The move came as a result of a lawsuit filed against the state athletic association by a group that felt female athletes were being discriminated against in the old system.
One of the biggest questions that arose out of the move was how to schedule boys and girls basketball games during the winter months.
It’s an issue schools still deal with today. And those who are paying the price are the athletes, who are seeing dwindling attendance at their games.
At least on Friday nights, the boys and girls teams from each school play at the same location.
The bigger issue is played out on Tuesday nights, especially for teams in the O-K Conferences, where the boys team plays at home while the girls team plays the same opponent on the road, or vice versa.
Last week, that meant Grand Haven’s boys were at West Ottawa while the Buccaneers’ girls were home against the Panthers.
There was sparse crowd at the tip-off of the girls’ game at the Grand Haven High School Fieldhouse, and an entirely empty student section.
If the Bucs’ girls were struggling, that would be one thing. But this is a team that won the state championship last year and hasn’t lost a game in more than 13 months.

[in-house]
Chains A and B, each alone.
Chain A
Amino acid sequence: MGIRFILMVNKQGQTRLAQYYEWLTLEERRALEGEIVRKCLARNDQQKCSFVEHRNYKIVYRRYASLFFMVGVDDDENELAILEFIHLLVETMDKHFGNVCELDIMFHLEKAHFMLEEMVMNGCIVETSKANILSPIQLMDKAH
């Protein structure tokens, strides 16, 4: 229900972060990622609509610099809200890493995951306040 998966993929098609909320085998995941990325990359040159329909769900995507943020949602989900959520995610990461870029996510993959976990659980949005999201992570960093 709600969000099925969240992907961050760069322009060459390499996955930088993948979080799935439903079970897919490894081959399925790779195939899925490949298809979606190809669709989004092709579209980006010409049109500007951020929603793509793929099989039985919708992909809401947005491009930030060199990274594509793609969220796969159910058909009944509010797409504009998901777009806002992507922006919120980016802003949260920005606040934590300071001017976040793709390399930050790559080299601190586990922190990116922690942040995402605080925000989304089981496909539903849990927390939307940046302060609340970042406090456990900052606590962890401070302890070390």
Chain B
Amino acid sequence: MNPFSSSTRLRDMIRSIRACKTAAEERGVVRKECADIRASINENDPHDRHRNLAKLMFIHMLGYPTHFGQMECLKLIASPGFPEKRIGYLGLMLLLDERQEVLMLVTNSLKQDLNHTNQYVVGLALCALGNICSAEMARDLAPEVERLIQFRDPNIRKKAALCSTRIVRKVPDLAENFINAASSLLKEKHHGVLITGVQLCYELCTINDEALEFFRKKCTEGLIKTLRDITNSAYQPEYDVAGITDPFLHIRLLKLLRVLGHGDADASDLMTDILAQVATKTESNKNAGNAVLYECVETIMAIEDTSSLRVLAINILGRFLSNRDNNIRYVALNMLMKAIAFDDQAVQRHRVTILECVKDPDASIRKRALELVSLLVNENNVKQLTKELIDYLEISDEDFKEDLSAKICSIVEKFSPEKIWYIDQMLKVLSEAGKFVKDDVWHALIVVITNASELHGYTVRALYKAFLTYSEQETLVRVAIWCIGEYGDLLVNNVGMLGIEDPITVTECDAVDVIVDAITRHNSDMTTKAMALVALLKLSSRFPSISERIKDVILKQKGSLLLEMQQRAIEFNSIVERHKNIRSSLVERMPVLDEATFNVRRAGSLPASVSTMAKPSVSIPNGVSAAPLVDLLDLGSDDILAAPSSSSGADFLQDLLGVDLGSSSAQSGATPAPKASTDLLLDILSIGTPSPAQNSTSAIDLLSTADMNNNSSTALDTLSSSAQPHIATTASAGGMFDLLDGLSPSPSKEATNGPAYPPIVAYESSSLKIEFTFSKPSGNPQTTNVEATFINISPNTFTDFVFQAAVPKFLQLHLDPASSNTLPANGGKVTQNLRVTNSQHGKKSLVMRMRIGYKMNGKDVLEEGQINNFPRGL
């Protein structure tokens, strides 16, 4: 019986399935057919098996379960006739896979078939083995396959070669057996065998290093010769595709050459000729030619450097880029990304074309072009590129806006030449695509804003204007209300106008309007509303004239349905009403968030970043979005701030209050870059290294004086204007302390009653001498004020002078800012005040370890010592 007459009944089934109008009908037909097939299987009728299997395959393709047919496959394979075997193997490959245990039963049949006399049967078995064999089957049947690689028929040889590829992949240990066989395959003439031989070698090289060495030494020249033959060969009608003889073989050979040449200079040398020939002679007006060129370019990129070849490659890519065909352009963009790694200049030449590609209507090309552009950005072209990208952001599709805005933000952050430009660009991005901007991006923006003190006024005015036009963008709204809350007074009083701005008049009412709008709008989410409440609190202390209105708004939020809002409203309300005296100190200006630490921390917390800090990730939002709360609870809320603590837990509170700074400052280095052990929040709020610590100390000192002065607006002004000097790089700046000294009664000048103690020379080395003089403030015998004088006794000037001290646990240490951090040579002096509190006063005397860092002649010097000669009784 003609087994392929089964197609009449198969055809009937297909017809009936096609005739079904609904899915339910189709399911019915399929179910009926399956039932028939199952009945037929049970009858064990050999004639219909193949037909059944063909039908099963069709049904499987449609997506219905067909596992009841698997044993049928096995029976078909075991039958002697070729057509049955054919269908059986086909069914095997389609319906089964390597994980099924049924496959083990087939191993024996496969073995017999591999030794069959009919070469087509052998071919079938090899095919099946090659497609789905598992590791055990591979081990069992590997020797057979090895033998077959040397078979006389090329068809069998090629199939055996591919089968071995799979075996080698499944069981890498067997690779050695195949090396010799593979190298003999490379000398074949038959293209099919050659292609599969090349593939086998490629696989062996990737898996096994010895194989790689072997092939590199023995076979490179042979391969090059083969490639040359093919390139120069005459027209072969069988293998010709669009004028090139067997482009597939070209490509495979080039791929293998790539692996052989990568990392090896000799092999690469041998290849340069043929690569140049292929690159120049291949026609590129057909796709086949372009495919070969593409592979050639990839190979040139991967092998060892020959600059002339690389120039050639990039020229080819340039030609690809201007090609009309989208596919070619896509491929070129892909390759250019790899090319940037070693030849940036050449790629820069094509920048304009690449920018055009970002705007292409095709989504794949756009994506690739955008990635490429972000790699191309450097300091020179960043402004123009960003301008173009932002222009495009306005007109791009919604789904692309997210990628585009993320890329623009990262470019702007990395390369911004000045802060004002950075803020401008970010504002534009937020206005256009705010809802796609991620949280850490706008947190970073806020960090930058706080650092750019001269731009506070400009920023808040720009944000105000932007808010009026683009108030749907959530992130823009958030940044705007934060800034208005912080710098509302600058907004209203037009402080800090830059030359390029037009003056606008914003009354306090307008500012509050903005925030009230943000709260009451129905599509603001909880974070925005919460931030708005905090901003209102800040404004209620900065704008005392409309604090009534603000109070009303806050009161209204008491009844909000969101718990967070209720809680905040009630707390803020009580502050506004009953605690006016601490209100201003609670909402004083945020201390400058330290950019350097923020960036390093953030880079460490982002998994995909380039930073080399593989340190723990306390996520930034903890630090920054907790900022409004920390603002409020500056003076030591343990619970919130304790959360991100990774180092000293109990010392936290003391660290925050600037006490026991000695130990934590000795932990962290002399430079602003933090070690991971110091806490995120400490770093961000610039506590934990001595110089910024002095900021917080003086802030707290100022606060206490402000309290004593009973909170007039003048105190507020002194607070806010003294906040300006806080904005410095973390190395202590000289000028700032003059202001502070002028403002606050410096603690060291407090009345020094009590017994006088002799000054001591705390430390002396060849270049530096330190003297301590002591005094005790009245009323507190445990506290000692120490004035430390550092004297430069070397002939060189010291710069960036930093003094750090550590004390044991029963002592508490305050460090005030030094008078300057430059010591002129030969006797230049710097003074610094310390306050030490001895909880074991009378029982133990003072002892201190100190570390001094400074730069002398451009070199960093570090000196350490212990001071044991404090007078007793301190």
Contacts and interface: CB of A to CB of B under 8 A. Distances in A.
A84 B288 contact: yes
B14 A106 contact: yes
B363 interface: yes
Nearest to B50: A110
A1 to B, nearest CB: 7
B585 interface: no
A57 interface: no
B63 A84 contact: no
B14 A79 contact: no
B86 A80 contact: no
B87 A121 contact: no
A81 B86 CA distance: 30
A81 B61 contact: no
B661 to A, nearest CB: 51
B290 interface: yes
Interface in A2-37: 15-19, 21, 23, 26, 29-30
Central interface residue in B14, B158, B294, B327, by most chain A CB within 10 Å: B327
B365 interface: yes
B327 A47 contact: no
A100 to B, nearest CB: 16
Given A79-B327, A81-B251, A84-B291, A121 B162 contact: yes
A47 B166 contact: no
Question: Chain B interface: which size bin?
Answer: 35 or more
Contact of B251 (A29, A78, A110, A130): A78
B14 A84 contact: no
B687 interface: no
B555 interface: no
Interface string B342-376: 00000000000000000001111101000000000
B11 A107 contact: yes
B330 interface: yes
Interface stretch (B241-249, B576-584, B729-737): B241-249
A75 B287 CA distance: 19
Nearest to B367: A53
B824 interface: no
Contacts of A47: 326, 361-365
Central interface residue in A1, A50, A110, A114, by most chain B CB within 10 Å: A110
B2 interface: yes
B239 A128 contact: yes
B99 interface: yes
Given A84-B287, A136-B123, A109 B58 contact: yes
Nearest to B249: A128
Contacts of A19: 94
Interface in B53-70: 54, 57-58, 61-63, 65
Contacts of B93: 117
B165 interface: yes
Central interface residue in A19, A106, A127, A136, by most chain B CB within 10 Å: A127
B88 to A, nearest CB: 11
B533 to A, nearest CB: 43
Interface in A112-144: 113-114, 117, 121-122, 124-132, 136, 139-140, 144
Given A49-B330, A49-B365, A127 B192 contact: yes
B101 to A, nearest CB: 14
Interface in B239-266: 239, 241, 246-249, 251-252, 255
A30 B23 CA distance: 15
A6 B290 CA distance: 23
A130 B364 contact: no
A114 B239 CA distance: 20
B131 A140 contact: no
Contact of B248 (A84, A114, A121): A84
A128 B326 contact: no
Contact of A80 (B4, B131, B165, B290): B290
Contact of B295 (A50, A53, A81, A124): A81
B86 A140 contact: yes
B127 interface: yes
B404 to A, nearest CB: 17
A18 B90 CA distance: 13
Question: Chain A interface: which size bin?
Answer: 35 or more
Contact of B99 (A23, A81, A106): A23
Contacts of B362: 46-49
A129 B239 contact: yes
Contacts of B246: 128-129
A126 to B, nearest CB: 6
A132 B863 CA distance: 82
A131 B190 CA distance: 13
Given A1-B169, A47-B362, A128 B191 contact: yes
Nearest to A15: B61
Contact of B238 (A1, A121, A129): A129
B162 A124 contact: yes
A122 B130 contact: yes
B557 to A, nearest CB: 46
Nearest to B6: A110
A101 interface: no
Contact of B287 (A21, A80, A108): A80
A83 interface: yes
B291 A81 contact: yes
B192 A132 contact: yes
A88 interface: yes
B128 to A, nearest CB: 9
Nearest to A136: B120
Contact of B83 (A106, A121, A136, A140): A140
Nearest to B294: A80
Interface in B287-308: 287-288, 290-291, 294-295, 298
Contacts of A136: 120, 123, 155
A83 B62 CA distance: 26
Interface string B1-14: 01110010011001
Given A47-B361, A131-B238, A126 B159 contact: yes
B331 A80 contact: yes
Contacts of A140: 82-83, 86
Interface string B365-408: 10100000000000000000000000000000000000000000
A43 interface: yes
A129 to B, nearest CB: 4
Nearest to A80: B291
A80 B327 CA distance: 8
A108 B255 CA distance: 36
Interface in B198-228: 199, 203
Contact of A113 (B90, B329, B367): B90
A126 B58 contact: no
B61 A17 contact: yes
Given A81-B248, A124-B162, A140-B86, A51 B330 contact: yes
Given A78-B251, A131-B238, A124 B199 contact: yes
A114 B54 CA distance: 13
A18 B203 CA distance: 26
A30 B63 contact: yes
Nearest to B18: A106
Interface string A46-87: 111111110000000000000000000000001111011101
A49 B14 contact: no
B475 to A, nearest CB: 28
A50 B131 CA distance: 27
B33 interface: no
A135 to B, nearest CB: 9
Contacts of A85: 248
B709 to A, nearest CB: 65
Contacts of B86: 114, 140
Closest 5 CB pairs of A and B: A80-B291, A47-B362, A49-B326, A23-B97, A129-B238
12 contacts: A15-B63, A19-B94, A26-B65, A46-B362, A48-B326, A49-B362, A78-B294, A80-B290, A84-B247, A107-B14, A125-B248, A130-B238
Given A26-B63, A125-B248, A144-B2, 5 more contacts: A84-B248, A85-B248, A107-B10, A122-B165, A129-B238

It’s a troubling trend that has been seen over the past few years. The format forces fans to choose which game to attend, and basically makes it impossible for either team to draw a gym full of fans.
We would encourage the O-K Conferences to take a closer look at scheduling and how it affects attendance, and consider switching the way they handle their conference games.
The MHSAA and the O-K Conferences had this dilemma forced upon them. Now it’s their responsibility to create the best situation for member schools. The system currently in place doesn’t do that.
Our Views reflects the majority opinion of the members of the Grand Haven Tribune editorial board: Kevin Hook, Cheryl Welch, Matt DeYoung and Fred VandenBrand. What do you think? E-mail us a letter to the editor to email@example.com or log-in to our website and leave a comment below.